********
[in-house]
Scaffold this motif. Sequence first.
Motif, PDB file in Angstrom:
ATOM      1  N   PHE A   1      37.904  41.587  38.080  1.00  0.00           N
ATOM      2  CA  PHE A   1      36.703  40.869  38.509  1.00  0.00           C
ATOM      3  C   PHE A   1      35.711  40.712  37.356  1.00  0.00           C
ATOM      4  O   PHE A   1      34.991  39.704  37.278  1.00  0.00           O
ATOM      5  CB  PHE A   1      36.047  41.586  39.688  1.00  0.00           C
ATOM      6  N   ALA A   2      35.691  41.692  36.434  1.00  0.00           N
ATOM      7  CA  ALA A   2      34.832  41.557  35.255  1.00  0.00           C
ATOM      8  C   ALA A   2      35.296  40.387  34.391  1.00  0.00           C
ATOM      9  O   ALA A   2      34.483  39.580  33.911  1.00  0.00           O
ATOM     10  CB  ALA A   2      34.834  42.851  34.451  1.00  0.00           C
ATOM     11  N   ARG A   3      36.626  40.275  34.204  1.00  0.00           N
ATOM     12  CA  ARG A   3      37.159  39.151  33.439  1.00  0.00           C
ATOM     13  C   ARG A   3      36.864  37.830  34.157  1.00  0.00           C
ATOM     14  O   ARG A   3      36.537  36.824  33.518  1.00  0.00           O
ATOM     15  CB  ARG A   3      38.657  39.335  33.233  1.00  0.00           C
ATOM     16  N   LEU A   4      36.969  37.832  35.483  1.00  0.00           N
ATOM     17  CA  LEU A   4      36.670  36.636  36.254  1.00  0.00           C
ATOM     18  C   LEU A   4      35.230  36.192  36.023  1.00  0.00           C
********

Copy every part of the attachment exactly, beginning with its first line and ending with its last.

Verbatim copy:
[in-house]
Scaffold this motif. Sequence first.
Motif, PDB file in Angstrom:
ATOM      1  N   PHE A   1      37.904  41.587  38.080  1.00  0.00           N
ATOM      2  CA  PHE A   1      36.703  40.869  38.509  1.00  0.00           C
ATOM      3  C   PHE A   1      35.711  40.712  37.356  1.00  0.00           C
ATOM      4  O   PHE A   1      34.991  39.704  37.278  1.00  0.00           O
ATOM      5  CB  PHE A   1      36.047  41.586  39.688  1.00  0.00           C
ATOM      6  N   ALA A   2      35.691  41.692  36.434  1.00  0.00           N
ATOM      7  CA  ALA A   2      34.832  41.557  35.255  1.00  0.00           C
ATOM      8  C   ALA A   2      35.296  40.387  34.391  1.00  0.00           C
ATOM      9  O   ALA A   2      34.483  39.580  33.911  1.00  0.00           O
ATOM     10  CB  ALA A   2      34.834  42.851  34.451  1.00  0.00           C
ATOM     11  N   ARG A   3      36.626  40.275  34.204  1.00  0.00           N
ATOM     12  CA  ARG A   3      37.159  39.151  33.439  1.00  0.00           C
ATOM     13  C   ARG A   3      36.864  37.830  34.157  1.00  0.00           C
ATOM     14  O   ARG A   3      36.537  36.824  33.518  1.00  0.00           O
ATOM     15  CB  ARG A   3      38.657  39.335  33.233  1.00  0.00           C
ATOM     16  N   LEU A   4      36.969  37.832  35.483  1.00  0.00           N
ATOM     17  CA  LEU A   4      36.670  36.636  36.254  1.00  0.00           C
ATOM     18  C   LEU A   4      35.230  36.192  36.023  1.00  0.00           C